Cool Keels - Dusseldorf Boatshow
31/01/16 15:15 Filed in: Distant Shores III
I just got back from the Dusseldorf Boat Show in Germany (Boot 2016) and my head is still spinning with all the "boat overload"!! It is a really big show and I am sorry I didn't have a few more days to talk to more suppliers and see more! There was really a lot more there than I had imagined - more boats, more equipment, more toys, more of everything to do with boating. Check out this video I made at the show…
I went aboard a number of boats looking to see what's new … Beneteau, Jeanneau, Dufour, Hallberg-Rassy 43, Sunbeam, Oyster 575, Garcia 52 Exploration, Faurby, Nordship, Bavaria Nautitech 40, Delphia 46DS, Allures 39, Linnsen and more!
If you are interested in buying a sailboat, this show has got to be a "must-stop" on your tour. In fact, if you get to Annapolis and Dusseldorf you'll probably see most of what's worth seeing.
I did get aboard the interesting Bavaria 40 foot Nautitech and was impressed. It has an interesting layout with a smaller cabin and large after deck, nice quality build from the quick look I had. But I guess my heart just isn't into catamarans… sigh… they sure look perfect if your plans are mainly Caribbean/Bahamas/tropics. For us the difficulty of getting marina space or through small canals with cats is a big factor. Motion on a monohull is usually better, and certainly upwind ability is important for me too. I guess a cat just isn't in the cards for us. But if you are in the market for a 40'ish size cat, the Nautitech is worth looking at…
I was keeping an eye out for interesting keels - extra good when the boats are out of the water at indoor shows like Boot Dusseldorf.
Here is the Sirius 40 with a twin-keel. Twin keels are not renowned for amazing sailing performance but they are a very good solution for sailing in a tidal area where you will need to beach the boat often. But if you need shallow draft (like Bahamas) they aren't such a good solution since they are about halfway between a regular keel and a flat bottom keel version. More of a "shoal keel". For the Sirius it draws 1.4 meters VS 1.5 or 1.75 regular keel.
Here is the Delphia 46 shallow winged keel with centreboard. The boat is beachable as Delphia say the keel is plenty strong enough to rest on the wing. She is pretty shallow as well drawing just 1.3 meters (4'4"). The centreboard swings down from the keel to extend the draft to 7'.
I filmed this review of the Delphia factory and a quick test sail on the 46 a few months ago.
Allures lovely hulls are made in aluminum by Grand Large Yachting, the somewhat redundant name of the company that also owns Garcia (below) and Outremer catamarans. Allures have very fair aluminum hulls, but the decks are made of fibreglass. This allows for the toughness of aluminum in the water but the versatility of fibreglass in the complex shape of a deck. They have a very shallow centreboard so this 39.9 footer draws just 3'6" or 1.1meters.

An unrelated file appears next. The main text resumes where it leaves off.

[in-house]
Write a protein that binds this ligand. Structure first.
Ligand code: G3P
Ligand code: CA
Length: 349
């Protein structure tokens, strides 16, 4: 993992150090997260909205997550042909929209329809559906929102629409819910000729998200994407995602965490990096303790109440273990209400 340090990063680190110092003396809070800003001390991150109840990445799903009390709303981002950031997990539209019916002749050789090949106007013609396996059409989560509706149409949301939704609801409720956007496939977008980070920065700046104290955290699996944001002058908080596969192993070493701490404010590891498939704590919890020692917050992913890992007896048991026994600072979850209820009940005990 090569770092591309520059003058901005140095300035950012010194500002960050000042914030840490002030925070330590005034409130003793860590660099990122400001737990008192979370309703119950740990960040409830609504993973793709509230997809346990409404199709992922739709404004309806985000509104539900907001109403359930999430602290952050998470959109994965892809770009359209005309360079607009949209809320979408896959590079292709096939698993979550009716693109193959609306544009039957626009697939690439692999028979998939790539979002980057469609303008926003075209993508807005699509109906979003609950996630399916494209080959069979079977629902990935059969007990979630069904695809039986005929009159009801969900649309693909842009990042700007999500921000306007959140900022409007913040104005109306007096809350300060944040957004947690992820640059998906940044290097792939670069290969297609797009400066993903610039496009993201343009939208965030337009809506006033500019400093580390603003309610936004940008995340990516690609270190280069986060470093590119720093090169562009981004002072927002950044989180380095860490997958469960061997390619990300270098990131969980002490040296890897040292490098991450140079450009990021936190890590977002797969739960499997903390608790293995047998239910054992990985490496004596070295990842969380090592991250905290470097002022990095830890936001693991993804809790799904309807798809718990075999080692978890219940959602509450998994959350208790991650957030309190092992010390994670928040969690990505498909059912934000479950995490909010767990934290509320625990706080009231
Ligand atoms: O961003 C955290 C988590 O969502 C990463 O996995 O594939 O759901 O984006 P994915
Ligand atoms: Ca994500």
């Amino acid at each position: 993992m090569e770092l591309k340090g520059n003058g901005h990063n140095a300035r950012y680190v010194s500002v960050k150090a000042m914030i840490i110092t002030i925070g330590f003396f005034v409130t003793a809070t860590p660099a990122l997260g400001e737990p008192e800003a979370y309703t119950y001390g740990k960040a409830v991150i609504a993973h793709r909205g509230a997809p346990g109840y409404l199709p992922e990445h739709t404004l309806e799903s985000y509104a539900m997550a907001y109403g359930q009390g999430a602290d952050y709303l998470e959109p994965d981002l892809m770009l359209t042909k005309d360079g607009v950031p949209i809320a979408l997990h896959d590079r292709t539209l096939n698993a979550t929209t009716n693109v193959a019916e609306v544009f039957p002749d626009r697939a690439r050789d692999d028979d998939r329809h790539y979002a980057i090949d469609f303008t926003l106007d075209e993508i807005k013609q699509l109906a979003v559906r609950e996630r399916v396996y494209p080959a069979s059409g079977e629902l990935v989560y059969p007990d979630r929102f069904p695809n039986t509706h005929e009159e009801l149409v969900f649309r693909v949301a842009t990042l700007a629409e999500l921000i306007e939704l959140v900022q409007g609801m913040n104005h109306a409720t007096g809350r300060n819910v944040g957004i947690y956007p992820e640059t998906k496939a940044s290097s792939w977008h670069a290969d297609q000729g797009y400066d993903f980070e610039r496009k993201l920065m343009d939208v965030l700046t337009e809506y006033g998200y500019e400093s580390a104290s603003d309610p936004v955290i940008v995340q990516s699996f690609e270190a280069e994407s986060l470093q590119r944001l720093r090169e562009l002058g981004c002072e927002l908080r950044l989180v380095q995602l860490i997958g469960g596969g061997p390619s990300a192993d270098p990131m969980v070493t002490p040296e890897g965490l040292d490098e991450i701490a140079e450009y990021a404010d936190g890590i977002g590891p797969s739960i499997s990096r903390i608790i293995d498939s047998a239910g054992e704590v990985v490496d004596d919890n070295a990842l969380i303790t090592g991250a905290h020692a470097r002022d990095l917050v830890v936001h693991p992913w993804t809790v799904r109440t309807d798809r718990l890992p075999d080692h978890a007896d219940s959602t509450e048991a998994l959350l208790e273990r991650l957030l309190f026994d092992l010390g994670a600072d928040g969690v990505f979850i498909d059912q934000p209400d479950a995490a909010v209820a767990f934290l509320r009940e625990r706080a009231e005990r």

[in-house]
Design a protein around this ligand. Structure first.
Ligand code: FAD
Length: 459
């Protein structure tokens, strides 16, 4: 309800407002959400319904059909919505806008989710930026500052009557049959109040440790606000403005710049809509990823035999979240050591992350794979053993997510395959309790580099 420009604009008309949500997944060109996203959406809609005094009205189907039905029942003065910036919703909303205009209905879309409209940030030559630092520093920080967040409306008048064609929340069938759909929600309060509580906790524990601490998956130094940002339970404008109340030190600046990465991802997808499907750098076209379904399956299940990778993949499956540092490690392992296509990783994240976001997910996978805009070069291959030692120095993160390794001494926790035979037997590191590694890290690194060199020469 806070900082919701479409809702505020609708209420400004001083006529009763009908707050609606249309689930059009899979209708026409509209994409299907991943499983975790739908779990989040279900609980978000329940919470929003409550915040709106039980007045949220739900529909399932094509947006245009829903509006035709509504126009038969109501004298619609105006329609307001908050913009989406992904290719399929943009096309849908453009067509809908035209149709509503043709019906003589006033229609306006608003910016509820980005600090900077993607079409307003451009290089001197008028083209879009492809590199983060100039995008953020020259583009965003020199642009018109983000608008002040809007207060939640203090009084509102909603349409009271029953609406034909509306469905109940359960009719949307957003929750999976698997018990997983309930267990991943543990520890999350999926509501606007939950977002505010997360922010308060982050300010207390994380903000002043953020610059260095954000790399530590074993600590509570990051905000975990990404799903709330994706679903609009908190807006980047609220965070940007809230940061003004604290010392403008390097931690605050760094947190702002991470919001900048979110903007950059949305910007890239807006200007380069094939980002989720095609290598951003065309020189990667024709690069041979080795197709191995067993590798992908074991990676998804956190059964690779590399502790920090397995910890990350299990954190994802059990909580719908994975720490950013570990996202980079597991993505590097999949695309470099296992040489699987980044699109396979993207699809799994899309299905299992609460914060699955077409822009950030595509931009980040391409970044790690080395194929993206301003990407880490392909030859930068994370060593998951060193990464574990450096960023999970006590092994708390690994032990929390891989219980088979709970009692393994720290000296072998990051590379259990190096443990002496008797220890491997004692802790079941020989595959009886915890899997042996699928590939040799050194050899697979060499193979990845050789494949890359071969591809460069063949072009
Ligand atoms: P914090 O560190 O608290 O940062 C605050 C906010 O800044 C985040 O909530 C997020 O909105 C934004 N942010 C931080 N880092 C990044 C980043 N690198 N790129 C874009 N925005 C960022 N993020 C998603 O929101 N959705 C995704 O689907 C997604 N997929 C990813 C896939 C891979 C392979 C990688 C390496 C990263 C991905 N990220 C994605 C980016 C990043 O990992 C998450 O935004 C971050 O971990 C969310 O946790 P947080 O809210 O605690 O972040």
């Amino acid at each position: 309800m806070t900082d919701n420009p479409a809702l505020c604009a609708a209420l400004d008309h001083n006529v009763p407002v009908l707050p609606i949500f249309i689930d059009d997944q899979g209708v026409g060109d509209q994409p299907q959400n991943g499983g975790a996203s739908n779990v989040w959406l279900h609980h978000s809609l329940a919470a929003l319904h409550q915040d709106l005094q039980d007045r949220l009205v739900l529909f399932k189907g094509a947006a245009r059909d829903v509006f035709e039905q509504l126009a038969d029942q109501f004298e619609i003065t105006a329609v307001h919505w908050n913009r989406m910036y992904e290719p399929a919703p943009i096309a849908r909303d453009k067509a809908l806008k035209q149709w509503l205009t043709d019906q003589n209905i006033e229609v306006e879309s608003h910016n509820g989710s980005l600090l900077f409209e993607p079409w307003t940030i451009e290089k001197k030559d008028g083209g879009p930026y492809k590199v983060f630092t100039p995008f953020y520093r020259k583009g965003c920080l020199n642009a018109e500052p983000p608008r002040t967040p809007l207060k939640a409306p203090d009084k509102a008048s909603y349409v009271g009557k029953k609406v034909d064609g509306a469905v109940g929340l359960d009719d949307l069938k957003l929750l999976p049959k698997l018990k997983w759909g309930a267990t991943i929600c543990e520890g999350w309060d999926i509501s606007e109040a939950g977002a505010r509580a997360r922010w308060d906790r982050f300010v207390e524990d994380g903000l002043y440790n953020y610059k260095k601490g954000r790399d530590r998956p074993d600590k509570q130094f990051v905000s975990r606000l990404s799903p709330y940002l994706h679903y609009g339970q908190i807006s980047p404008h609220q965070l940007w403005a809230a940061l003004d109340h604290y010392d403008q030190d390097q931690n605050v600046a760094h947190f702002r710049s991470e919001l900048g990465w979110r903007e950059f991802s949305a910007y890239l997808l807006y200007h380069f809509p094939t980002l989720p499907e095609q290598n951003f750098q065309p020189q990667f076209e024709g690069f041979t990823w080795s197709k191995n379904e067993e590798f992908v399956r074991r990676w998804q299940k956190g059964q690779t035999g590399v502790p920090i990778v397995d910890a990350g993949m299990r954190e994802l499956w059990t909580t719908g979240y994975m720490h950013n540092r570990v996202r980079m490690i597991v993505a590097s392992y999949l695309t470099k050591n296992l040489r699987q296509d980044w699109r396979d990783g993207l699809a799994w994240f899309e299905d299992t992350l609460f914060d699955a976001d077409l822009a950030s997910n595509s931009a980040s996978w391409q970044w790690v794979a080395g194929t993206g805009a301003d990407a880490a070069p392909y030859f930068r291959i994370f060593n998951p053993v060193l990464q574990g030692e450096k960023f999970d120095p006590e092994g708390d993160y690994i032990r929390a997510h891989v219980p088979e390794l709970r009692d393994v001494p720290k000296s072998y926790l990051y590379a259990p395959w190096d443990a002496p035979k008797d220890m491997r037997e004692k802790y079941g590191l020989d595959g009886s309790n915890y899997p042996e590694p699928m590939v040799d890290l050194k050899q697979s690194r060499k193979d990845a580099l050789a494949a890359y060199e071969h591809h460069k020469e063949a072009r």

Garcia have made a new line of rugged high latitude sailboats called "Exploration". First a 45 footer was built for Jimmy Cornell, now a 52 has been made in that same style. The keel is similar to the Allures above. The Exploration 52 draws just 1.27 meters (4'2") and can be beached sitting on her belly. Note the incredibly strong stemhead plate protruding from the bow. Ready to push through sea ice on your way through the northwest-passage :-)
Here is something different. It's a swinging keel that stays outside the boat when you swing it up. It doesn't disappear into the hull or centreboard casing as most others do. Presumably this is so the interior can be the same for versions of this models.
Higher up on the ladder is the lovely Gunfleet 58 with shallow bulb keel and deep centreboard. Gunfleet was founded by Richard Matthews (who also founded Oyster) and are built in England. This keel will put a reasonable amount of weight quite low in the bulb, and also has a VERY deep draft with the centreboard. On this 58 footer the airfoil shaped board reaches down nearly 12 feet, but with the board up she is just 5'8". She's not beachable though. If lying over on the side I imagine the rudders would be vulnerable (and your drinks would spill :-)
Here is one of our first times beaching the Southerly 42 in the remote Bahamas.
Southerly's keel arrangement. This is the keel from our current Southerly 49. It uses a 2-part system total ballast 5200kg. The swing keel (weighing a hefty 2 tons) is in the raised position in this photo below. The rest of the ballast weight is in the grounding plate, which will bolt into a recess in the bottom of the boat.
Sitting on her belly at the pub! The grounding plate takes the weight. We would only do this in a very sheltered area where there would not be waves. After a nice pub dinner we climbed back aboard and headed out at high tide when we floated off. (Filmed in Season 7 of Distant Shores)
In areas with high tides many boats "take the ground". This is a beach in Chichester England where tides reach 5 meters (16 feet).
A Beneteau with a standard deep keel who shouldn't have anchored so close to us… oops.